In a Blink of an Eye: A Deacon’s Journey
It is Jesus Christ and his call to marriage and the diaconate that gave me the strength and courage to bear witness to him.
In a blink of an eye. That’s what it seems like. There I was, 25 years ago at Holy Name Cathedral in Steubenville, Ohio, kneeling before Bishop Gilbert Sheldon as he laid hands on my head and prayed the prayer of ordination. At that very moment, the course of my life changed forever as the Diocese of Steubenville ordained its first permanent deacon.
The year was 1995, and, while the fathers of the Second Vatican Council had restored the diaconate to a permanent place in the threefold hierarchy some 27 years earlier, the Diocese of Steubenville had yet to institute a formation program. Though I was only 35 at the time, still a young man, my ordination to the diaconate was long in coming.
My journey began some 13 years earlier when, at the age of 22, I married. Though I was raised Catholic, it wasn’t until I experienced the love of God in marriage that I began to appreciate it as a true vocation, an authentic calling from God. Yet, within this very same call, there was another. It began as a faint whisper and then grew into a strong and steady conversation. At that time, my father-in-law was in formation to the diaconate in the Diocese of Peoria. As I grew to know and love him better, I wondered whether God might be calling me to the diaconate as well.
According to the discipline of the Church, I had well over a decade to wait before I reached the canonical age of ordination. It was at that time, convinced of my vocation, that I set myself on a rather long and arduous path of preparation. After some self-study, I pursued a 13-year journey that would see undergraduate, graduate and postgraduate studies in theology. It would include lay ministry on both the parish and diocesan levels. It would see a remarkable marriage and seven children. Finally, on the solemnity of the Annunciation, March 25, 1995, by the grace of God, I was ordained the first permanent deacon in the Diocese of Steubenville.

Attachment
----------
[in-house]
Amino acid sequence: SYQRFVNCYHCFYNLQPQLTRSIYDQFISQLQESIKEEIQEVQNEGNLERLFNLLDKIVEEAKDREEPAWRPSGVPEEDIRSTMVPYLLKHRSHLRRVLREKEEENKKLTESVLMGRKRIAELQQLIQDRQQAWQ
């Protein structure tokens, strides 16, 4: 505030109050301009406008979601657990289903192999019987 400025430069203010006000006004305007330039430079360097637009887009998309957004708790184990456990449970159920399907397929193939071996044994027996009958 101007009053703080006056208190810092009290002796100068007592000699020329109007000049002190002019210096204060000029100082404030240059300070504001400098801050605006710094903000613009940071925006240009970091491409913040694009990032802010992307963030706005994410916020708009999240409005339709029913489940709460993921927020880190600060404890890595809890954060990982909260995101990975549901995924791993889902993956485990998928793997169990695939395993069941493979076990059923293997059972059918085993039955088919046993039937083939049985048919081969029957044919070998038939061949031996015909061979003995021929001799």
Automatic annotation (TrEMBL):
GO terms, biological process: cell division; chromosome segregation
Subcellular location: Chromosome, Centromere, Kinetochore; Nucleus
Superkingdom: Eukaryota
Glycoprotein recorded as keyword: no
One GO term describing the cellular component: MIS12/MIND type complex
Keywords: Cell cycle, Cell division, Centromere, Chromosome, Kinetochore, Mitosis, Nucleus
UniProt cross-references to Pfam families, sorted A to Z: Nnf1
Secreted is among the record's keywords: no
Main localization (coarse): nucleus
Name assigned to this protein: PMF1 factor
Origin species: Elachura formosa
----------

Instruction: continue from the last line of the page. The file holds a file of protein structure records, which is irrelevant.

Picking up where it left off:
At first, I simply viewed my theological studies as a way to better prepare for the diaconate and, in many ways, it did not disappoint. In this respect, I never set out to be a theologian. Yet, I was swept up by my studies to a place I could scarcely imagine. I began to appreciate more and more that theology is, as St. Anselm of Canterbury so succinctly put it, “faith seeking understanding.” From this perspective, I could see that the teachings I studied were not cold dispassionate doctrines, but truths that mediated Jesus Christ.
Theology for me was not simply the search for something but the discovery of someone. It was about falling in love with God. As one formed within the pontificate of St. John Paul II, I was profoundly influenced by his teachings and, in particular, his personalist thought. The nature of personhood as an image of the Trinity and love as a gift of self occupied my thoughts. They permeated my marriage and fatherhood. They penetrated my pastoral and liturgical ministry. They found their way into my teachings, writings and homilies.
Over the last 25 years, I’ve taught at colleges and universities, exercised full-time pastoral ministry and contributed to the theological understanding of the diaconate. I find myself today preparing diaconal candidates for the Diocese of Joliet and editing Our Sunday Visitor’s The Deacon magazine. All of this was made possible — not because of my efforts, imperfect though they are — but because of a profound grace I did not merit.
It is Jesus Christ and his call to marriage and the diaconate that gave me the strength and courage to bear witness to him. Had I sourced my faith in myself, had I looked to my own strength when that strength failed, and many times through the years it did, I would have ultimately failed. I would have ceased to bear witness to the One who bore witness for me as he hung upon the cross and conquered death.
I look back over the last 25 years and give God praise and glory. At the same time, I look forward to the years to come. If this is what God can accomplish in a blink of an eye, I can’t wait to see what he can accomplish in two blinks and, indeed, all the “blinks” that make up eternal life.
DEACON DOMINIC CERRATO, Ph.D., is editor of The Deacon and the director of diaconal formation for the Diocese of Joliet, Illinois. He is the founder of Diaconal Ministries, where he gives national presentations and retreats to deacons and diaconal candidates. Follow him on Facebook to continue the conversation.